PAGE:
Dog Bite Laws
Dog laws vary between Colorado counties, however, one law remains consistent through all counties; Colorado Revised Statute 13-21-124, dog owners are strictly liable for injuries caused by their dog. According to this law, a person who has been bitten by a dog does not need to prove that the owner of the dog knew it would bite because of previous displays of aggression. This generally means that is it easier to prove a dog bite case under this law.
C.R.S 13-21-124 – Colorado Dog Bite Law
Colorado’s dog bite law says that any person who is seriously injured or killed by a dog attack is allowed by law to bring a civil lawsuit for recovery of economic damages. However, there are limitations to the law, which are as follows:
The law only applies to serious bodily injury, which is defined in Colorado as involving a significant risk of death, permanent disfigurement, loss or impairment of any part of the body or organ, fractures, breaks, or second or third-degree burns.
The law does not apply to any person who is trespassing on public or private land, nor while a person is on land which is marked clearly with ‘No Trespassing’ or ‘Beware of Dog’ signs.
It also does not apply if the dog is a working police or military dog, or while the dog is working as a farm/ranch, herd, or hunting dog or predatory control dog on its owner’s property or while under their control.
The law also does not apply if the person who is bit is a veterinary health care worker, dog groomer, professional dog handler, dog trainer, humane agency staff person or dog show judge doing their respective duties.
The Ramos team is here to help you with many years of experience handling vicious dog personal injury cases. Equally important, we have Dr. Joseph Ramos, an emergency medicine physician who is also an attorney. We truly are a law firm that cares about people just like a doctor cares for his patient.
If you or your loved one have been seriously injured by a dog, contact your Colorado dog bite attorney as soon as possible.
Colorado Dog Bite Statistics
There aren’t many regulated agencies tracking dog bites within the United States. However, an investigation by Rocky Mountain PBS I-News and 9News, found that at least eight people are bitten by dogs each day in cities and towns along the Colorado Front Range.
In fact, information collected over six months found that over 6,000 dog bites were reported to animal control officials or police officers between Colorado Springs and Boulder. Researchers collected detailed information about nearly 2,000 dog bites from three jurisdictions which showed that about 34 percent of those bites were to the hand, followed by leg bites (23 percent), bites to the ears, nose, or throat (19.4 percent), and arms bites (15 percent).
Colorado Dog Bite
Frequently Asked Questions
If my neighbor was leaning over my fence and teasing my dog until the dog jumped up and bit my neighbor’s nose, can he sue me?
No – Colorado’s dog bite law, C.R.S 13-21-124, specifically state that the law does not apply to any case where the dog bite victims was knowingly provoking the dog that bit them.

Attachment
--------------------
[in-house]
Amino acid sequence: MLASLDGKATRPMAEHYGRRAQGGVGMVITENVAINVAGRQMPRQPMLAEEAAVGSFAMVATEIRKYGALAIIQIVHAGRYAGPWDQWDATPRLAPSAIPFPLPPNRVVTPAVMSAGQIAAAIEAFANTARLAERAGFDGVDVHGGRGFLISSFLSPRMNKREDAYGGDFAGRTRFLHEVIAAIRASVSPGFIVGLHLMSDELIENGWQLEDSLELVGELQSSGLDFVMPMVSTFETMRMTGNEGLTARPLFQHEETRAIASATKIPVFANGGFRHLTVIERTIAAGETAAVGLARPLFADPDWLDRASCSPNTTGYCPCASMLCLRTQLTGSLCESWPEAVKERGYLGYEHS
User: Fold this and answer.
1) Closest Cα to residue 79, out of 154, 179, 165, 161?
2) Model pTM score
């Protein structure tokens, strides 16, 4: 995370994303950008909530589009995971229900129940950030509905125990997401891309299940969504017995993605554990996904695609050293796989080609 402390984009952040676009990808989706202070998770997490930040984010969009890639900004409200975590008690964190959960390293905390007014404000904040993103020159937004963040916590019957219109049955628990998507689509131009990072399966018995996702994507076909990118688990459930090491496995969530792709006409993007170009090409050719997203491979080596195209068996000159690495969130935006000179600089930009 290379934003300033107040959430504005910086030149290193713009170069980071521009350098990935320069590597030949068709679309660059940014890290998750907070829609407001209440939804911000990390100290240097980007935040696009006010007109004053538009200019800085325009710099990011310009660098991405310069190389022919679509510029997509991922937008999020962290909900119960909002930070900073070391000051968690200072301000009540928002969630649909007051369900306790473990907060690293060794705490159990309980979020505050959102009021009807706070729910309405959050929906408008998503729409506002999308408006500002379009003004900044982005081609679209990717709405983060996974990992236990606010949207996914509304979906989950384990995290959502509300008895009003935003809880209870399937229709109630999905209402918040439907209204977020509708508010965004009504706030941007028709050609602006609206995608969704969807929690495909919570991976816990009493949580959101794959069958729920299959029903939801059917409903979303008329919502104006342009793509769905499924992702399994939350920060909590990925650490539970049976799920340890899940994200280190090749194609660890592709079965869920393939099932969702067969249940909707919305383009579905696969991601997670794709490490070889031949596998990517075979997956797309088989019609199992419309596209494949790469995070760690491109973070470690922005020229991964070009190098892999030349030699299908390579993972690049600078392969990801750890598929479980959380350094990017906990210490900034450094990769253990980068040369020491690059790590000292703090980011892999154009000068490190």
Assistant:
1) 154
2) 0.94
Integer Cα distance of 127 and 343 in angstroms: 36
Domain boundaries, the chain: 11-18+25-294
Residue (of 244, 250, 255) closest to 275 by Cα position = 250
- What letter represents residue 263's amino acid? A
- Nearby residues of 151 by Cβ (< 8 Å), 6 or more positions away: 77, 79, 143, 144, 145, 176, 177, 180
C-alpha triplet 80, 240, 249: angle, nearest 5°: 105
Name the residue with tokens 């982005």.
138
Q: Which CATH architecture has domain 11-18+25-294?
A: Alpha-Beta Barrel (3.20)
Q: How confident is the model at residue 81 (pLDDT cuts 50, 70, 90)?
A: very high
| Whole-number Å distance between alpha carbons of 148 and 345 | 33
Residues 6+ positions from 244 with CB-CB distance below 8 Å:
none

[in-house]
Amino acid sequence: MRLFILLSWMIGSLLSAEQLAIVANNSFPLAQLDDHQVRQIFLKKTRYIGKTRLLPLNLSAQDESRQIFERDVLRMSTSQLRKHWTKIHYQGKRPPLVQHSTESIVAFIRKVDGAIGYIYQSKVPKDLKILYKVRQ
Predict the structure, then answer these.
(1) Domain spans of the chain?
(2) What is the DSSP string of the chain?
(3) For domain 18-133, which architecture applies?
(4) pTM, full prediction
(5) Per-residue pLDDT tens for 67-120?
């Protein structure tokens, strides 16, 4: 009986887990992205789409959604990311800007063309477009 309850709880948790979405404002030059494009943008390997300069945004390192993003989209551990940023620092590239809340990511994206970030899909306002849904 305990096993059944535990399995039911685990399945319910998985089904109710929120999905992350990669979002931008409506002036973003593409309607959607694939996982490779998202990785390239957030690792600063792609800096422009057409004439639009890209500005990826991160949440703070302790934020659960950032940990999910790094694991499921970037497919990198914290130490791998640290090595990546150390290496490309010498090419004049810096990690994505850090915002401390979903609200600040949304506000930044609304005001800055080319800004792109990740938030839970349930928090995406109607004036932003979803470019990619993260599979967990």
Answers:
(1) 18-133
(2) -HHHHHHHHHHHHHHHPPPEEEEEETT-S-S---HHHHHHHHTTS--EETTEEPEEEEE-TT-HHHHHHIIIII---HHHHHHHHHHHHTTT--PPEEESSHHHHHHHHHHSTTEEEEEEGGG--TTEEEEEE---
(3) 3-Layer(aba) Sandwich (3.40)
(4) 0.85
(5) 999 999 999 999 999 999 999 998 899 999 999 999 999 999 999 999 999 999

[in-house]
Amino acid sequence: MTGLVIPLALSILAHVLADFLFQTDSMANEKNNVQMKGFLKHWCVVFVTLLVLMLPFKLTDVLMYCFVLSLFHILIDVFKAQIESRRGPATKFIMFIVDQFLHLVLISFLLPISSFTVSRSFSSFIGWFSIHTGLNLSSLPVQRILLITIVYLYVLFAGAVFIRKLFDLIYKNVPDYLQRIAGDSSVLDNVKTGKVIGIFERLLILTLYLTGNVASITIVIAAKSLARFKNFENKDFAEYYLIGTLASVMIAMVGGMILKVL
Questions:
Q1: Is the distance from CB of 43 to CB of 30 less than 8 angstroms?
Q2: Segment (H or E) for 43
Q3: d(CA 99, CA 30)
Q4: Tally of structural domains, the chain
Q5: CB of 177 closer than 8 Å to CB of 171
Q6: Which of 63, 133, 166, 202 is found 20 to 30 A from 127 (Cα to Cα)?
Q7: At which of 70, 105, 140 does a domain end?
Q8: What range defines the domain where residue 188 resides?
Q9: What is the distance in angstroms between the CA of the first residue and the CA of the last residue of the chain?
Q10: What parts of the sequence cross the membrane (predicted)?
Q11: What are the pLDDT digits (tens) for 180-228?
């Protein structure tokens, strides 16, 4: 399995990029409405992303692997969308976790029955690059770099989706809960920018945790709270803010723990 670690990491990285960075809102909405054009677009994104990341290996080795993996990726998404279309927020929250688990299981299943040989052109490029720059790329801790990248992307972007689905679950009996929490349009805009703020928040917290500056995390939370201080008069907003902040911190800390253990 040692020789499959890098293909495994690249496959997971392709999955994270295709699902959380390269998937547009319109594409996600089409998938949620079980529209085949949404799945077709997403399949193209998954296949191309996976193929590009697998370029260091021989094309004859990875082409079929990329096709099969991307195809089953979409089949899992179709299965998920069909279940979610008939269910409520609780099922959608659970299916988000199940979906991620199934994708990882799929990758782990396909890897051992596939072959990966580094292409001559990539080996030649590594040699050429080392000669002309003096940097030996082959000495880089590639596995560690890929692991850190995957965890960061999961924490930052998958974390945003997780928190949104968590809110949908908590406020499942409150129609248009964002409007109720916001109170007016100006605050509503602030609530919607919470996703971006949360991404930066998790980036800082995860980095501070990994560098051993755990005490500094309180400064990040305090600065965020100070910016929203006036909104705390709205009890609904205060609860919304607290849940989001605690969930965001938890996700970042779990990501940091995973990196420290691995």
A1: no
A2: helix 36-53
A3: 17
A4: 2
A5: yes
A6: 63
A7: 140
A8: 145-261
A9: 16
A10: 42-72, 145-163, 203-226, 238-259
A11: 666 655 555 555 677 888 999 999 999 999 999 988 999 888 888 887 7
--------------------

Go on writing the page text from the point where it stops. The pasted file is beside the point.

A dog in the neighborhood bit my leg as I was walking past its house. The dog is supposed to be fenced in, but he was roaming free. Can I file a lawsuit against the owner for my medical bills?
Yes – under the state’s dog bit law, you may be able to file a lawsuit seeking damages for your injuries. Also, if the owner had previous knowledge that the dog was aggressive, you may be able to file a motion to have the dog euthanized.
I have suffered greatly from a dog bite to my neck and face. How can I recover damages for my pain and suffering?
Colorado has what is called the “one bite rule” that says if an owner knows their dog is vicious or dangerous because it has bitten someone, and then the dog bites again, you may be able to seek non-economic damages for your pain and your suffering.
No – C.R.S. 13-21-124 says that the law does not pertain to any person who was bitten by a police dog while the dog was performing its duties.
My child was bitten in the face by the dog of a friend who was visiting. I think the dog has bitten other children. Can I file a lawsuit under Colorado’s dog bite law?
There may be more than one law working in your favor. Depending on the circumstances of your case, it sounds like you should be able to file a lawsuit against the dog’s owner for economic damages, however if the dog has bitten someone before, you may also be able to file non-economic damages also. Speak to one of the dog bite attorneys at the Ramos Law Firm as soon as possible to discuss the specifics of your case, at no charge to you.
My friend’s dog bit my hand when I was feeding him. I ended up losing two fingers and my medical bills are through the roof. Can I file a lawsuit to get help with my medical costs and therapy?
The law says that if you were lawfully on the property when you were bitten by the dog, then you may be able to file for economic recovery. You should speak to an experienced Colorado dog bite attorney right away to find out how we can help.
Have You Been Injured
by a Dog Bite?
The Colorado dog bite attorneys at Ramos Law have been fighting for the rights of victims of dog attacks for nearly a quarter century. Emergency medical physician and attorney Dr. Joseph Ramos and the Ramos Law dog bite injury team have the skills and experience to guide you through complex legal and medical processes.
Choosing an attorney can be tough. We welcome you to contact us if you need help and want to work with a talented law firm that truly cares about people. You will notice that right away the first time you contact us. We will do all that we can to help you and your family.
If you or a loved one has been injured by a dog bite, call Ramos Law now at (303) 731-4477 or complete a complimentary, no-obligation, case evaluation form.